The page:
Photo courtesy of My Social Practice
Dental Hipaa Compliant Websites By My Social Practice 6358411a360d3

The dentists’ guide to HIPAA-compliant websites

Oct. 26, 2022
HIPAA requires websites that collect, store, or transmit electronic protected health information be compliant. Are you meeting the requirements?

When does a dental website need to be HIPAA-compliant? The short answer is “all the time.” But let's take a moment to unpack the question. 

HIPAA requires websites that collect, store, or transmit electronic protected health information (ePHI) be compliant, and there are specific encryption standards. Without getting too geeky, the standards are 256 AES bit for storage and TLD 1.2 for transmission. 

But what if your website doesn't collect, store, or transmit ePHI? In that case, you’re in compliance. Unfortunately, almost all dental website designs built in the last few years have functionality that comes in contact with ePHI. What constitutes dental HIPAA compliance regarding collection, transmission, and storage of ePHI? 

More by Adrian Lefler

Google's latest “helpful content” update and what you need to know
The future of video marketing for dentists

Collecting ePHI

If your website has any of the following functionality, then it's most likely collecting ePHI: live chat; online scheduling, payments, and forms; Contact Us forms; patient portals; teleappointments; and virtual consultations. I may have missed some, but these are the big ones. Find out whether the points where patient communication happens and ePHI is involved are encrypted and compliant.

If your website has any of the communication software mentioned here, they were developed either by your website design company or by a HIPAA-compliant third-party integration company, which HIPAA considers a sub-associate company. What do I mean by "HIPAA-compliant third-party integration company?" Here's an example. 

We build dental websites on WordPress. Many of our client practices request that live chat be integrated on the site, but WordPress doesn't have an out-of-the-box live chat software that's HIPAA-compliant. To solve the problem, we use a sub-associate company that has developed live chat software that is HIPAA-compliant. 

Their live chat software integrates with Wordpress and meets HIPAA requirements because none of the live chat information is collected, stored, or transmitted within the WordPress website. The entire live chat conversation is collected and encrypted in a separate system. In this way the website is HIPAA-compliant because all the ePHI from the live chat is encrypted through a compliant software system.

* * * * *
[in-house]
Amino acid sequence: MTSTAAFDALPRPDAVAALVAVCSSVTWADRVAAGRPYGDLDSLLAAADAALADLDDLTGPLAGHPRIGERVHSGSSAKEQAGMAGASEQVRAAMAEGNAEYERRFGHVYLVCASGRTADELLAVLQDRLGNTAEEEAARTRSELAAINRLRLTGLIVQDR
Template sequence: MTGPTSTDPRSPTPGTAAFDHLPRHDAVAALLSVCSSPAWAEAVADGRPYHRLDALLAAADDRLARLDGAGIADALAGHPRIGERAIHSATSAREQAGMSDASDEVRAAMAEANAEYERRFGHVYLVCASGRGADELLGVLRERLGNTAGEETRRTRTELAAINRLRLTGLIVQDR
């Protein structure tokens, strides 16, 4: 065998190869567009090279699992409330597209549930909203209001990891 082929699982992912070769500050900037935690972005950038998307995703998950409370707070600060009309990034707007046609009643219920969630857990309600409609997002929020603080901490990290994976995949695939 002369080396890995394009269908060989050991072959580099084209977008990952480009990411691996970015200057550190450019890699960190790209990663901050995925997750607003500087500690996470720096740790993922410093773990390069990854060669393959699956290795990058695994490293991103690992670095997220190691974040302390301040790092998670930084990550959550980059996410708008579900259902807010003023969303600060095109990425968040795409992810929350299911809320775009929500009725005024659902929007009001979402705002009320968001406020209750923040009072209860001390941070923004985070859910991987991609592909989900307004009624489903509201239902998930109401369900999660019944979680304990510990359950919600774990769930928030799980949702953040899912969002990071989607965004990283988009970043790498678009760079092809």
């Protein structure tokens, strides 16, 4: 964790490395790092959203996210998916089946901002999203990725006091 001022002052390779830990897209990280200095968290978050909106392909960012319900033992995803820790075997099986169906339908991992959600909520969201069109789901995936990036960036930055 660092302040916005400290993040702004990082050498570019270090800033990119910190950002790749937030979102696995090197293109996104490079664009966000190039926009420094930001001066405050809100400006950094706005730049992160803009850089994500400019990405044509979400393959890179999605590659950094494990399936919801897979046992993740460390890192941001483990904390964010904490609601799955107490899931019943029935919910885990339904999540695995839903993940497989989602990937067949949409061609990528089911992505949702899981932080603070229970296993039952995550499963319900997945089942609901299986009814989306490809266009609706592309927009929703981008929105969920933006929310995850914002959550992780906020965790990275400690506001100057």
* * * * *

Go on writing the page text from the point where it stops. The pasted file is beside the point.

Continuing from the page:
Your task is to confirm how your website collects ePHI and whether it’s encrypted and compliant. The best way to do this is to contact your dental website design company or the company that provides third-party software integrations. Once this is confirmed, make sure that you have a signed business associate agreement (BAA) or a sub-associate BAA from all companies involved. 

Transmitting ePHI

Transmission happens after ePHI is collected on your website and then sent to be stored. In the live chat example, once the conversation is closed, it's encrypted in an end-to-end process. The data is packaged, encrypted, and transmitted to a HIPAA-compliant server that has the key to the encryption. 

What’s the point of end-to-end encryption? During transmission, data is at risk and hackers can steal ePHI. HIPAA requires that data transmission is encrypted so that it can't be hacked and stolen. The geek language for this encryption is TLS 1.2, which stands for transfer layer security. It's a high level of encryption and almost impossible to break. Dentists must ensure the ePHI that’s collected on their website and then transmitted has end-to-end encryption.